When autism was first recognised, most diagnosed autistic people were from the white, male heterosexual population – and autistic women and girls were thought to be rare by comparison.

Historically, research into autism was mainly focused on the white, heterosexual, cis male population.  Research about autism in non-male, non-white, gay and bisexual populations is relatively new by comparison.  Although, it seems to be becoming more evident that there are many more autistic people who do not fit into this group.

Therefore, many researchers now believe that there are numerous autistic people in the following categories:

  • Women, girls, and non-binary people
  • People from a non-white ethnicity
  • People in the LGBTQI+ population – such as gay, bisexual and trans people

BAME lady reading letter and frowningLGBT, Rainbow Pride group

As research develops, it is becoming apparent that people who fall into the above categories may often present differently from typical white, heterosexual, cis male autistic people.

Any autistic person with a non-typical presentation has the same core characteristics as most autistic men and boys – rooted in neurological differences (differences in ‘brain wiring’). This is what causes the differences in information processing and leads to differences in observable behaviours.

It is these observable behaviours which can seem quite different when comparing one autistic person to another – or even one group of autistic people to another.

It is important to stress that this is a generalisation; it may be that autistic people in different demographic groups tend to have observable behaviours that are less obvious and fundamentally different from that of white, heterosexual cis males – due to differences in culture and socialisation.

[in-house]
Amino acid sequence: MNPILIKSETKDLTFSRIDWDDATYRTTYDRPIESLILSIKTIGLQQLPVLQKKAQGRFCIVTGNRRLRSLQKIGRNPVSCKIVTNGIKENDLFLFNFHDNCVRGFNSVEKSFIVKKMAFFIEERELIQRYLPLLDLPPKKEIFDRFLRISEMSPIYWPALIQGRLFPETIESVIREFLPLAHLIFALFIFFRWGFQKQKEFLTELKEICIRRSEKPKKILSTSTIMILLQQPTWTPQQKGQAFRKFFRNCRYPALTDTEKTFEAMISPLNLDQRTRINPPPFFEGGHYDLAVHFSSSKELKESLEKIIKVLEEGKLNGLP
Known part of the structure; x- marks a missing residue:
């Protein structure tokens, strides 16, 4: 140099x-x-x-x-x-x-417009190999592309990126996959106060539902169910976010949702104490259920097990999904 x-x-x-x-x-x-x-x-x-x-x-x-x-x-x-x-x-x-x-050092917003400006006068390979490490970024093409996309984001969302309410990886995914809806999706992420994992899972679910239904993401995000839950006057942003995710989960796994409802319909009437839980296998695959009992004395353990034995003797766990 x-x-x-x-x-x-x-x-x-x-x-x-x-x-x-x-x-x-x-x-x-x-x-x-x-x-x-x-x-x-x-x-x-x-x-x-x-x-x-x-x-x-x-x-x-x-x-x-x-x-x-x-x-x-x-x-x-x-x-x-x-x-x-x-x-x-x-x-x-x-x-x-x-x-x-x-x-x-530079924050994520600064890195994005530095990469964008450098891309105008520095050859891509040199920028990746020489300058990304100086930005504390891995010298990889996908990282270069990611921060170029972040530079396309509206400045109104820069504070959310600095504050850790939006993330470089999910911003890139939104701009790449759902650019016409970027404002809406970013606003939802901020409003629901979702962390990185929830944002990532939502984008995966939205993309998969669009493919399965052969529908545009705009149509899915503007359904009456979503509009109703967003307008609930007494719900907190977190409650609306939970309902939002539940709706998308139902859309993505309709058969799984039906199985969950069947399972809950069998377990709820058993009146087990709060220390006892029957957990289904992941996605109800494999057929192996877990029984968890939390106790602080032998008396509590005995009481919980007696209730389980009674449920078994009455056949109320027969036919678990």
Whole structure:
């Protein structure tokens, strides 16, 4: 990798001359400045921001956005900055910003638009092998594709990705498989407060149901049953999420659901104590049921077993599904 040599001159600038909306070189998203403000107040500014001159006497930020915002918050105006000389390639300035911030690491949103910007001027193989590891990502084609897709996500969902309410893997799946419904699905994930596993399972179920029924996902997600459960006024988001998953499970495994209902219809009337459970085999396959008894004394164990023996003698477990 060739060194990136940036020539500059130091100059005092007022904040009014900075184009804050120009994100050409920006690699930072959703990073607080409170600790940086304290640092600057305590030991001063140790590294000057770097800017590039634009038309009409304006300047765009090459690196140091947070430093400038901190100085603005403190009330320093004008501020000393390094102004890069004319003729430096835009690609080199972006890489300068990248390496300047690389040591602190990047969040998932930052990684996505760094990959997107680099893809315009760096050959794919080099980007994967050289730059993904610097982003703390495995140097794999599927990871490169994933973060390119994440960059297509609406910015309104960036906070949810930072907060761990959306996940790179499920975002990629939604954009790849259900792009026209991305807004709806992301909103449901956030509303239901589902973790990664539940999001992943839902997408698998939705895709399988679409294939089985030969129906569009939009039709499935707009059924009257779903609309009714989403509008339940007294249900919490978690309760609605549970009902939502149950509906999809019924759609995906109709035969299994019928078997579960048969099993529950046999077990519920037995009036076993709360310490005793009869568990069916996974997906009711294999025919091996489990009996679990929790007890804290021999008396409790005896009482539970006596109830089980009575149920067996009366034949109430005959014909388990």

Evidence also suggests that autistic people outside of this demographic tend to be more prone to and adept (skilled) at masking – and hiding or internalising their difficulties.  Again, to generalise, we might guess that this could be due to them being less privileged and/or more vulnerable, by comparison – and therefore they are more likely to mask as a protective mechanism.

Click here to read our article about masking

When it comes to autism assessments, clinicians must decide if the person meets diagnostic criteria.  These are observable behaviours which have been largely based on autistic people who fit the very narrow white, heterosexual cis male population.  Assessors tend to use standardised observations and reports of behaviours to determine if a person is considered to meet these criteria and may not always manage to find out about the person’s thinking style that underlies their behaviour.  This can mean that an autistic person who is not from this group may behave in ways that do not seem to fit the autism diagnostic criteria.

Even some white, heterosexual, cis males may not be recognised as autistic if they do not conform to the standard stereotype. For instance, any autistic person who happens to be skilled at studying socially expected behaviours and / or who has good spoken language skills can be mistaken for being neurotypical.

Therefore, this can indicate that some autistic individuals who have a non-typical presentation of autism remain undiagnosed – and in some cases even misdiagnosed. This often suggests that they are misunderstood by themselves and by others. Consequently, this group are unlikely to access the most beneficial advice and support – which in turn can lead to poor emotional health and wellbeing, difficulties accessing education and employment, and more likely to have relationship difficulties.

It is known that autistic people have a higher-than-average chance of having mental health difficulties, such as anxiety or depression.  They also have a higher-than-average chance of having an eating disorder.  In some instances, undiagnosed autistic people who have any of these types of problems might simply be diagnosed with mental health difficulties or eating disorders and the autism is missed.  This is known as diagnostic overshadowing.